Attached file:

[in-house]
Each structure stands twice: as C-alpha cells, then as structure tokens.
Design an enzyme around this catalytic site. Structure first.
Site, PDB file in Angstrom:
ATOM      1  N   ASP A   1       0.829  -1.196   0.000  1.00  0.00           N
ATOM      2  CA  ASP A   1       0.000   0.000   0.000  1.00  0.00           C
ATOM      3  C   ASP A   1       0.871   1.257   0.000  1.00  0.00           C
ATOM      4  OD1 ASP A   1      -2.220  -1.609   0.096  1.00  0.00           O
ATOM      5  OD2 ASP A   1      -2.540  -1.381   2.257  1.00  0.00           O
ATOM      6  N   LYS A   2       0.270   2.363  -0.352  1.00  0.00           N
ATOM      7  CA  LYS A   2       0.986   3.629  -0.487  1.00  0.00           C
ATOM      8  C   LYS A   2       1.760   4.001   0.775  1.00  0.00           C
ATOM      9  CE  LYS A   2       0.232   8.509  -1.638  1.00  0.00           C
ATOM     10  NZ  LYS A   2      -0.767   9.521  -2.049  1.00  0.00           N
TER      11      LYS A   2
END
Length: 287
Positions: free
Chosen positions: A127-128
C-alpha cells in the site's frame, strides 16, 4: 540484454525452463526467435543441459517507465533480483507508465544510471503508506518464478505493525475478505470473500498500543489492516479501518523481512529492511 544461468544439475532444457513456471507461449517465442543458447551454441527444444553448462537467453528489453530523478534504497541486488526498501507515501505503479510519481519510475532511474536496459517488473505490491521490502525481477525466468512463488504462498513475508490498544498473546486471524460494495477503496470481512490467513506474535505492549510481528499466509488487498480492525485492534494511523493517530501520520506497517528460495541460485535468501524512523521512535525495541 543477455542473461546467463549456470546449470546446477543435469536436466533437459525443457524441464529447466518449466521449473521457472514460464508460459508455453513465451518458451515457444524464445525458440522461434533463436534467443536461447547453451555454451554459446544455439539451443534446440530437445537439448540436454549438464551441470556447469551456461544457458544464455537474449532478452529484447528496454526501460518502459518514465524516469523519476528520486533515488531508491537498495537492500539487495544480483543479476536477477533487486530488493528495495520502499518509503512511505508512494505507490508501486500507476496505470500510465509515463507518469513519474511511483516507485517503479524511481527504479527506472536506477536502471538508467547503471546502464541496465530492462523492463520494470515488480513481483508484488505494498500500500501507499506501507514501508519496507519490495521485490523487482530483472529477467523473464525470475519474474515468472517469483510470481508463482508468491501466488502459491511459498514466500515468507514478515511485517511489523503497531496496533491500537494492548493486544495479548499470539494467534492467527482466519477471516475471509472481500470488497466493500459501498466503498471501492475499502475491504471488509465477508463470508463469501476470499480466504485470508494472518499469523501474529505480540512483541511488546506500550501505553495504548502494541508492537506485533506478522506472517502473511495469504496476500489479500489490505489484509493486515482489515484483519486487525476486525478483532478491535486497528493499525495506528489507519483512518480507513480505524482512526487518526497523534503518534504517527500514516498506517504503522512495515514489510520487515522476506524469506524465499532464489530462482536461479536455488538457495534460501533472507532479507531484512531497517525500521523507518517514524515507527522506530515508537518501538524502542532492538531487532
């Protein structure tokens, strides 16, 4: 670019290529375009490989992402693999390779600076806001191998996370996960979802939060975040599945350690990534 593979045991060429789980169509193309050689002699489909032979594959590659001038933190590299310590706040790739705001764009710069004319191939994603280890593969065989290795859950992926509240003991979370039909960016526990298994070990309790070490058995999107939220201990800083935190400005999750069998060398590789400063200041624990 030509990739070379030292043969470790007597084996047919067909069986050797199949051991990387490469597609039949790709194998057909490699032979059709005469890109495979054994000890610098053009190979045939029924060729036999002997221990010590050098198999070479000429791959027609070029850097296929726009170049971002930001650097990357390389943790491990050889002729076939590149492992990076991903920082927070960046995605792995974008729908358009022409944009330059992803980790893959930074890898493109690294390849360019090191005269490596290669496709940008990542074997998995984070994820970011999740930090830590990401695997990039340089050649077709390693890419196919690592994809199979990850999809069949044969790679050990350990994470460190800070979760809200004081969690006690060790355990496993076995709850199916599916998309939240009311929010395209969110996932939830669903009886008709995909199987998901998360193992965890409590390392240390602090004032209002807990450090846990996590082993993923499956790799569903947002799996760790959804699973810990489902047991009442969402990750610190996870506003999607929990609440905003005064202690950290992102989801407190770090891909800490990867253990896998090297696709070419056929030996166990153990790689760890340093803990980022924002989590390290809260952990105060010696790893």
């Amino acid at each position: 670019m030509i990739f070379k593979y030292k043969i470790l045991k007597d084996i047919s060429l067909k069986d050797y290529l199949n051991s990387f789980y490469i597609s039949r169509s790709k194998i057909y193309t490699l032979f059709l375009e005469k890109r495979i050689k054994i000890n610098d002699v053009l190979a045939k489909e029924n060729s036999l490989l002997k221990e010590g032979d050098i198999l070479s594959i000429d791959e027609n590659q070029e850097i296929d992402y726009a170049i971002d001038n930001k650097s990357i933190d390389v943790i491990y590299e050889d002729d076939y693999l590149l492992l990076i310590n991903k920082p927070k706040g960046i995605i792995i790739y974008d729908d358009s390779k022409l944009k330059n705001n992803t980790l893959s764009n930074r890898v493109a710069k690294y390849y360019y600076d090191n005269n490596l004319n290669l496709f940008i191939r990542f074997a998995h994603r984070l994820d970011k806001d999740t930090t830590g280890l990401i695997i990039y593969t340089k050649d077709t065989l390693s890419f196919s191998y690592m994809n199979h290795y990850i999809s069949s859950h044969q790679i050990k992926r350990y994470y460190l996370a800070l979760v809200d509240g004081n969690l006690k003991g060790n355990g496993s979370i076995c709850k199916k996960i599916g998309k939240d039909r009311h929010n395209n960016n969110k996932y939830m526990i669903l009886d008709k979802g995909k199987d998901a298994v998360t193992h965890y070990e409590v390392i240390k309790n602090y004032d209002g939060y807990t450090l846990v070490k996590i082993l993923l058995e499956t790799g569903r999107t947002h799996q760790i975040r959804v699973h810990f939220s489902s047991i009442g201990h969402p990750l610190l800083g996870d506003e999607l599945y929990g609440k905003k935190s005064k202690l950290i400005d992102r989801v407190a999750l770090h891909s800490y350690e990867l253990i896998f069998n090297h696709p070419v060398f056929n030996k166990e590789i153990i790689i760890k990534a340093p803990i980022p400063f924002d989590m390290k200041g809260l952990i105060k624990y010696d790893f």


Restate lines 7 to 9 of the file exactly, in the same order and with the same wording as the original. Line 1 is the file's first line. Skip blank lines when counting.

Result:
ATOM      3  C   ASP A   1       0.871   1.257   0.000  1.00  0.00           C
ATOM      4  OD1 ASP A   1      -2.220  -1.609   0.096  1.00  0.00           O
ATOM      5  OD2 ASP A   1      -2.540  -1.381   2.257  1.00  0.00           O